This might become known as (another) hottest summer to date. As wildfires rage through California, much of southern Europe have seen temperatures hovering close to the 40s. Indeed policymakers on both sides of the Atlantic seem to chose this summer to announce energy and climate policies . Two weeks after the EU Summer Energy package hit the press, on one of Brussels’ hottest days, the US president launched his contribution to curb emissions from coal plants and push for renewables.
The EU Summer deal focuses on a proposal for the EU Emissions Trading Scheme for the period 2021-2030,  reform of electricity market design  and a proposal for the review of the EU energy labelling framework. It also continues the Energy Union policy focus on consumers and the shift from fossil fuels to cleaner alternatives. The EU Commission feels itself clearly backed by the success of renewables in Europe. Although challenges remain in convincing local communities and in identifying environmentally and economically sound storage solutions (hydrogen?!), shining examples like Denmark are leading the pack of the rest of Europe in reaching a CO2 free economy by 2050.

The US energy plans mainly attack one fossil fuelled sector: the US coal plants. The US president feels increasingly backed by the new US big industry motors of change: Apple took on Duke Energy (one of the major (fossil) energy suppliers in North Carolina) when it demanded clean energy for its largest data centre in Maiden. When this did not seem possible Apple built its own 20MW solar plant adding 10 MW of fuel cells while they wer at it. Google and eBay, located in North Carolina followed suit as well. The efforts of Google, eBay, Amazon and Apple to link IT with clean energy and transport options are increasingly stepping into the limelight.  As the EU is kicking off its first Smart City Lighthouse projects, the biggest hydrogen station in the world will be probably built in San Francisco, capital of all things smart, cool and connected. As household names in almost every home on the planet, the EU should leverage the interest of these companies to further accelerate the uptake of its energy and climate policies; their representative offices in Brussels should not only be waking up when EU’s IT policy is discussed but also when energy and climate topics are tabled.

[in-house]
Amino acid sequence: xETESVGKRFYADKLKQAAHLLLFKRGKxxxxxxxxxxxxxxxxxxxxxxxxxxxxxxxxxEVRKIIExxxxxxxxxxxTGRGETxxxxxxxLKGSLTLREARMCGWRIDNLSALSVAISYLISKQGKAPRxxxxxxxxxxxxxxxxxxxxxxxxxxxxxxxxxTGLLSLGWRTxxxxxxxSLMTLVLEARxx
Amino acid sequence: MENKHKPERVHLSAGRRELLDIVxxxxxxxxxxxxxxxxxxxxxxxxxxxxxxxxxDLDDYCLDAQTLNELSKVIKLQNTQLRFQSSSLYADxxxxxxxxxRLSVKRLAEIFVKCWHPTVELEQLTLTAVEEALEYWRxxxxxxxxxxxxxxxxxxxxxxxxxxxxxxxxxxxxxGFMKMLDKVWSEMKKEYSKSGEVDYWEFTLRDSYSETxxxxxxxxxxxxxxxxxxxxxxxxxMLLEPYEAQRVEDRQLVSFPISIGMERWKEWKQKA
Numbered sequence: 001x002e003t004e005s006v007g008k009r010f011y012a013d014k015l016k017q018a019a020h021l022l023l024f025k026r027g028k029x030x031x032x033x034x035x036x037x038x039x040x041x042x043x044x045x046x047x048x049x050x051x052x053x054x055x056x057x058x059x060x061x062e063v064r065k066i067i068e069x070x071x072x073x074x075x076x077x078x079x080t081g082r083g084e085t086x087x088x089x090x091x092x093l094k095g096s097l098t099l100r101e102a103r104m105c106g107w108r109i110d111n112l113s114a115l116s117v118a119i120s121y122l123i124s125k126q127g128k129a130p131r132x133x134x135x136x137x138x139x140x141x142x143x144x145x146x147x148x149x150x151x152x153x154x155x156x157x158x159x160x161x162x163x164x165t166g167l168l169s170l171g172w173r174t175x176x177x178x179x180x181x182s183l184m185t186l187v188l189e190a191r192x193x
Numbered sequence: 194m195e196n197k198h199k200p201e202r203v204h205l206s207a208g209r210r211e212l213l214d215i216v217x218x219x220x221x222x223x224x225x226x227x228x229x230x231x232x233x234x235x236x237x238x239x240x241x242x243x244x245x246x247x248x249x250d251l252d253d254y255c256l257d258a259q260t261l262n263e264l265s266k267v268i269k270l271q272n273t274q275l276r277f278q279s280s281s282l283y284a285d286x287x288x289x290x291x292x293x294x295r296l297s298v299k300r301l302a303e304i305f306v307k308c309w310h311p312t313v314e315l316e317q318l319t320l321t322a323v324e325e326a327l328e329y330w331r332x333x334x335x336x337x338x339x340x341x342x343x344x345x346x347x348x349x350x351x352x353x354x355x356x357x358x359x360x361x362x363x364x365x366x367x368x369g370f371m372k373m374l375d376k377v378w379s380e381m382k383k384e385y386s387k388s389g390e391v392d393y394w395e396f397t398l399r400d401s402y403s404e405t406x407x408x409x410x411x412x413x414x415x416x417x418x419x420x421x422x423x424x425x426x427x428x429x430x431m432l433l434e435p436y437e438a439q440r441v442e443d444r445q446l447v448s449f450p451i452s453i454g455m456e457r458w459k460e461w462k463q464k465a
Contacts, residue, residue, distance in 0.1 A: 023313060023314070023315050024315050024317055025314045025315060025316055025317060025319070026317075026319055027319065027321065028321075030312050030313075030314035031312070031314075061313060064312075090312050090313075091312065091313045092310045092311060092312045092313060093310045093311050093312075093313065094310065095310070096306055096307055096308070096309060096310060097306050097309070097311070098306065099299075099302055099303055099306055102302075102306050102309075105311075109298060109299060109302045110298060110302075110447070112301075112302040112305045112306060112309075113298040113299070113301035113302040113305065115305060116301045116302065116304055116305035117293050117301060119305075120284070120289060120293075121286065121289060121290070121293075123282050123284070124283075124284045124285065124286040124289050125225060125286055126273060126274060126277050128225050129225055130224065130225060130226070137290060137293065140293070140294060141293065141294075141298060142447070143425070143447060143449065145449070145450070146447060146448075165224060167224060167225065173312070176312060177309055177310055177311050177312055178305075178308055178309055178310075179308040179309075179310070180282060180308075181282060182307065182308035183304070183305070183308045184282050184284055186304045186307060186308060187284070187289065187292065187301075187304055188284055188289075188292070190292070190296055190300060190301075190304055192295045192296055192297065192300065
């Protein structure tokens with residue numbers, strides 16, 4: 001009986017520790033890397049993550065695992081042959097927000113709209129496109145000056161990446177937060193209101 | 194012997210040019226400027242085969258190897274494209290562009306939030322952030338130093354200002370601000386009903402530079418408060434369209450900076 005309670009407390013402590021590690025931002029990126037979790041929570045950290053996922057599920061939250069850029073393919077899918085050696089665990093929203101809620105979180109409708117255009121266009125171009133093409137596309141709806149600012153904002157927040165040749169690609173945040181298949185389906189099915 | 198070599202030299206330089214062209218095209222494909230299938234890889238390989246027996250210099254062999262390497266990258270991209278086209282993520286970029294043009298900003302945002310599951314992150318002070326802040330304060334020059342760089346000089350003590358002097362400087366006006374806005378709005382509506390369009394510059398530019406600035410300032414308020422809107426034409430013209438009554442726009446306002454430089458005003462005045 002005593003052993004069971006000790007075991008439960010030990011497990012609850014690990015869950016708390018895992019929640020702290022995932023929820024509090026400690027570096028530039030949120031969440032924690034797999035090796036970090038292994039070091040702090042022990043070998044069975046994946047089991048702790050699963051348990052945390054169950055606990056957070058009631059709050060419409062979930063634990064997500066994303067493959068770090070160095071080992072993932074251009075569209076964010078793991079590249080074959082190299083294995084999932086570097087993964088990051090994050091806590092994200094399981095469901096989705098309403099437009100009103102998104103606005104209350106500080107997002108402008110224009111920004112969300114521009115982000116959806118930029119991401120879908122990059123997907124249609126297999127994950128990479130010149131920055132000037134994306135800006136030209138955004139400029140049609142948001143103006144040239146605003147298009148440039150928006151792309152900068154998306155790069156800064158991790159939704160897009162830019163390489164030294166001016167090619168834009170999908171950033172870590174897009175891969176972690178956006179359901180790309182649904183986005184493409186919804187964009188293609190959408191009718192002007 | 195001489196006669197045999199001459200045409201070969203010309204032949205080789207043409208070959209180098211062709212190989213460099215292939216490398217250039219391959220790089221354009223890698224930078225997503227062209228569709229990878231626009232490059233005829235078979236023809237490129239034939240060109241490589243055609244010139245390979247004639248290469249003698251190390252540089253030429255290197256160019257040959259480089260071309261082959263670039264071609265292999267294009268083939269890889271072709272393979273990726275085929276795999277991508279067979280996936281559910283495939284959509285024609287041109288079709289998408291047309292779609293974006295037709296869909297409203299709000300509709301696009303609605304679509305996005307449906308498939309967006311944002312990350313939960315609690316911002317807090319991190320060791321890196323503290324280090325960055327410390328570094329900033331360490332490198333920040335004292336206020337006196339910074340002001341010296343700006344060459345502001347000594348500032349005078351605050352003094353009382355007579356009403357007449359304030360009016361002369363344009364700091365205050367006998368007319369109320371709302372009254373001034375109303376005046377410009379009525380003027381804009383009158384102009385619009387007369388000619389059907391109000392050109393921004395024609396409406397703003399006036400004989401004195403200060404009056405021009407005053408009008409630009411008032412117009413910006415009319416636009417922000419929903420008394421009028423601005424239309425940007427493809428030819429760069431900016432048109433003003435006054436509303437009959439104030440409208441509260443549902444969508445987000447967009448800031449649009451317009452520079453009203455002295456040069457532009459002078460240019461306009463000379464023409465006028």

The biggest H2 station in the world

(photo: largest hydrogen filling station in the UK)